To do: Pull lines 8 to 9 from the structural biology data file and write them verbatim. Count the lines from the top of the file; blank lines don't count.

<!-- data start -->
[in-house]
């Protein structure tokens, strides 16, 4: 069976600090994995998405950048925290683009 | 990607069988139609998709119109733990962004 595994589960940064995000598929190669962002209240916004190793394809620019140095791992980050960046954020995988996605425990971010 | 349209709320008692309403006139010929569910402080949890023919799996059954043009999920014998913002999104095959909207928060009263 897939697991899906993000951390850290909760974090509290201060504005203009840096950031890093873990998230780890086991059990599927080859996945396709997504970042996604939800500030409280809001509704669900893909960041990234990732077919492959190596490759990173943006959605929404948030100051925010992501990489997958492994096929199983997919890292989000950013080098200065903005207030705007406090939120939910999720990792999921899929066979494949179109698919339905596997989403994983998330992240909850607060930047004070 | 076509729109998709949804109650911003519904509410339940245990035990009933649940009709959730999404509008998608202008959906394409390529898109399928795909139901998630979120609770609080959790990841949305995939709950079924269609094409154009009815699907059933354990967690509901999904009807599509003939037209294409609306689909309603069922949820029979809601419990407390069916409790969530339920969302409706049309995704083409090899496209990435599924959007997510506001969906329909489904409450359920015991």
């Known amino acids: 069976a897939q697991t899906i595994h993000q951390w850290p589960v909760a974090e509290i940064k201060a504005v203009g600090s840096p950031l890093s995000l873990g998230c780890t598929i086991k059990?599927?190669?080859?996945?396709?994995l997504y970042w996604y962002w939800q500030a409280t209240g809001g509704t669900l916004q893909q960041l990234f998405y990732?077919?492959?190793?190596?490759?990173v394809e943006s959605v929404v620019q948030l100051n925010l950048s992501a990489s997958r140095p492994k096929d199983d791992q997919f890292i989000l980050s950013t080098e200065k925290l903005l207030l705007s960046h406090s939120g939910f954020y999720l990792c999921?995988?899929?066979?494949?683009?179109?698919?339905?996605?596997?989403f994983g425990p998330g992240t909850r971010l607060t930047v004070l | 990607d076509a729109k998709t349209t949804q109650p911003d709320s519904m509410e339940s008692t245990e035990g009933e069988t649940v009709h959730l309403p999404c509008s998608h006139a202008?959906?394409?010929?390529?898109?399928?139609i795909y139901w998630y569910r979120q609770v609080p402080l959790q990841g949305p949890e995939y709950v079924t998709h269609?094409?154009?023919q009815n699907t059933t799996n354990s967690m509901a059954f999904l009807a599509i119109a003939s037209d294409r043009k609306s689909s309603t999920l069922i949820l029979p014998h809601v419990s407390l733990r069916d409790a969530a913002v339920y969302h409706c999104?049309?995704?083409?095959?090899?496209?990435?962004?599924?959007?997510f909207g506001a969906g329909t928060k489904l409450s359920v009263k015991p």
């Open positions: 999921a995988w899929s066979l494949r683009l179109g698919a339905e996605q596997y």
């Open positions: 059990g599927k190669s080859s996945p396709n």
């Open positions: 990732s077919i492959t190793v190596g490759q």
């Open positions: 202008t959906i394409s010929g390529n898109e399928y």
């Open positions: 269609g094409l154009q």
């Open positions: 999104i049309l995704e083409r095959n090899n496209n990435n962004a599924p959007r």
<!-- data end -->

């Open positions: 269609g094409l154009q």
């Open positions: 999104i049309l995704e083409r095959n090899n496209n990435n962004a599924p959007r």